I suppose it’s natural to make comparisons between where you’ve been for a long time and your home, but I’m incredibly struck by how Africa and America seem to have stopped moving. At least the places I know:
Lots of poignant news in Africa – like Donald Trump running for President in the United States – broke around the middle of last year:
Student protests across South Africa, the final end of ebola, the certain pacification of Mali and Somalia, the certified end to Boko Haram’s rule in northeast Nigeria (in fact, the possible essential ending of terrorism continent-wide), the final criminal verdicts in Kenya’s leaders’ trials, and perhaps most representative of all: the imminent death of 92-year old Robert Mugabe.
Mugabe is not dead, although he’s uncharacteristically quiet.
Student protests continue in South Africa, although no longer as disruptive. There is certainly some peace in Mali and Somalia, but there are also incessant suicide attacks. Today the criminal court in The Hague will likely string out further the Kenyan Vice-President’s trial.
And so it goes. Donald Trump is still in the race, but … less so?
What is it about our times that reflects such ennui? “Are everyday women suffering from a bout of fashion boredom?” a reporter in South Africa asks.
“There is a sense of ennui and foreboding,” one of South Africa’s tourism consulting companies says.
“Last year’s feel good combination has now changed to one of wait-and-see in the United States… Experts indicate that there are multiple clouds on the horizon: …an unstable European economy, recession in Brazil, low employment rates, a slowing down of the Chinese economy.”
I randomly picked a grad student’s dissertation at Stellenbosch University, submitted in December. Stellenbosch was where some of the most violent and successful student protests were launched last year:
“…many of us are struggling with the questions of meaning and purpose. And, like the Hamlet from Act One, we conclude that there is no meaning, no purpose, only vague and arbitrary laws and expectations (formed by God or society, which may end up being the same thing) that keep us on the beaten track of existence.”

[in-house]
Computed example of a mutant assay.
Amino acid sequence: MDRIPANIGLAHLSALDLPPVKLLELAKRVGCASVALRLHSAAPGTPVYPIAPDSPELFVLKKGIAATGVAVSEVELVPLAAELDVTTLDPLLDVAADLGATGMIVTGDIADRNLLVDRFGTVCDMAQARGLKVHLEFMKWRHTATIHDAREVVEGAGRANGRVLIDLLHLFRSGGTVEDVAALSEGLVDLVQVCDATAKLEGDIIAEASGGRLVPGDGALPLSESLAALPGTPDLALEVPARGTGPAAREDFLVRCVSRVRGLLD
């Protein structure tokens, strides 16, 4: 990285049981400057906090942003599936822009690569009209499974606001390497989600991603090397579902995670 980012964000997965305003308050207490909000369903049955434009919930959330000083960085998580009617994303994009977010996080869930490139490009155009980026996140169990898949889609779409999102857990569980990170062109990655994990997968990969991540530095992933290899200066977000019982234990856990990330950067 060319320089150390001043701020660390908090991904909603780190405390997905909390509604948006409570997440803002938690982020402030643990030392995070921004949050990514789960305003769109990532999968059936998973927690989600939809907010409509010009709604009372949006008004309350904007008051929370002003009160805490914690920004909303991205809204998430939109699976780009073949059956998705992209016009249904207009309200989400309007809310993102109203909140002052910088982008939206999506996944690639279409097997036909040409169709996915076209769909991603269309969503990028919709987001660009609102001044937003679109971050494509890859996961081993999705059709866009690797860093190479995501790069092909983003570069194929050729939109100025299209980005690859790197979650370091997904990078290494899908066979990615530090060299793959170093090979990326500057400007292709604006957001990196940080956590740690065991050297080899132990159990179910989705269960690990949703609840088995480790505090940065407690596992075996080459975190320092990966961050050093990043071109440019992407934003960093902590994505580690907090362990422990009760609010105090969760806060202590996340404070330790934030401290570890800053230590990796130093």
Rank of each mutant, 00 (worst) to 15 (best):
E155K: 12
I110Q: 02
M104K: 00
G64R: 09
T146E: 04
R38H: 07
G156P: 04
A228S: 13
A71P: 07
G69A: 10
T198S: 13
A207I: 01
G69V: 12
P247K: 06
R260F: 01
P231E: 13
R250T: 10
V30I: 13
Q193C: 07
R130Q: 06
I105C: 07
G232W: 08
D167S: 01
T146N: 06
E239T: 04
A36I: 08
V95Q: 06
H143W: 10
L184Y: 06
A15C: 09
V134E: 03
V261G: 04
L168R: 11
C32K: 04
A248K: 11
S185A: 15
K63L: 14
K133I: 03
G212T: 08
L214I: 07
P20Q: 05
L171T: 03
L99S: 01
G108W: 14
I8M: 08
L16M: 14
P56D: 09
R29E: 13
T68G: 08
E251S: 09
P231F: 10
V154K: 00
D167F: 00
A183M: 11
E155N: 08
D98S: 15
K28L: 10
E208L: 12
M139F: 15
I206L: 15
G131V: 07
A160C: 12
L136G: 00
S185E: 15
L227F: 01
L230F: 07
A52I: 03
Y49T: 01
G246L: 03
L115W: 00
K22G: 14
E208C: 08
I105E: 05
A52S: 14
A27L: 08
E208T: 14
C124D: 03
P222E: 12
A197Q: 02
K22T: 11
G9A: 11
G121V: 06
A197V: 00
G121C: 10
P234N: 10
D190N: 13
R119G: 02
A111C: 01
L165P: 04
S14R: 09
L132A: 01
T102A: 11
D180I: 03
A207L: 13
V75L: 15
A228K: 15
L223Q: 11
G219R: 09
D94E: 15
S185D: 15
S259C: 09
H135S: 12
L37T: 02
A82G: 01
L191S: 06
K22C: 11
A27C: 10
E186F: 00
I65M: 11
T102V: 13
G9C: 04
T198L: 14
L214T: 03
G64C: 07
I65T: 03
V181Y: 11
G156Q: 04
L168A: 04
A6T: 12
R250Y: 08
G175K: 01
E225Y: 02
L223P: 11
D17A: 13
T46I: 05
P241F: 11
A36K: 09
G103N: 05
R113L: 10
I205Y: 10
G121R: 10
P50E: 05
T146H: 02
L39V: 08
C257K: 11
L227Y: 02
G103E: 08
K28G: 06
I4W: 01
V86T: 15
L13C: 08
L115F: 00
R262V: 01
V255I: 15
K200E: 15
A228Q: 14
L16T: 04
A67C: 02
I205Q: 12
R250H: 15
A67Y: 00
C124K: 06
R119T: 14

A tad grim.
One of Africa’s most vocal revolutionaries is a professor at Rhodes University in South Africa. I have followed Richard Pithouse for years. He is quick witted, extraordinarily articulate and until recently … hopeful.
But lately his calls-to-arms have morphed into unsettled poetry that belies malaise:
“People are gathered on the street, the street that became the primary site of insurgent student assembly over the last week. Four women, two students, an academic and a priest speak on… The ancient, it seems, is entwined with the hip.
“New possibilities are opening, new possibilities forged in struggle by courageous young people, new possibilities that, like the songs of sadness, are as real as the promise that comes with the smell of rain on dry earth.”
There is a lingering drought in South Africa. There is no new rain on the dry Karoo.
Let’s hope this is simply all impatience and not dismay. Today is yet another media-insisted Waterloo Day for Donald Trump. Jacob Zuma might wake up tomorrow and resign. Students at Stellenbosch might have their fees waved. The real culprits of Kenya’s 2007 violence might confess. Tanzanian legislators might pass a new, wonderfully democratic constitution.
It will start raining, again.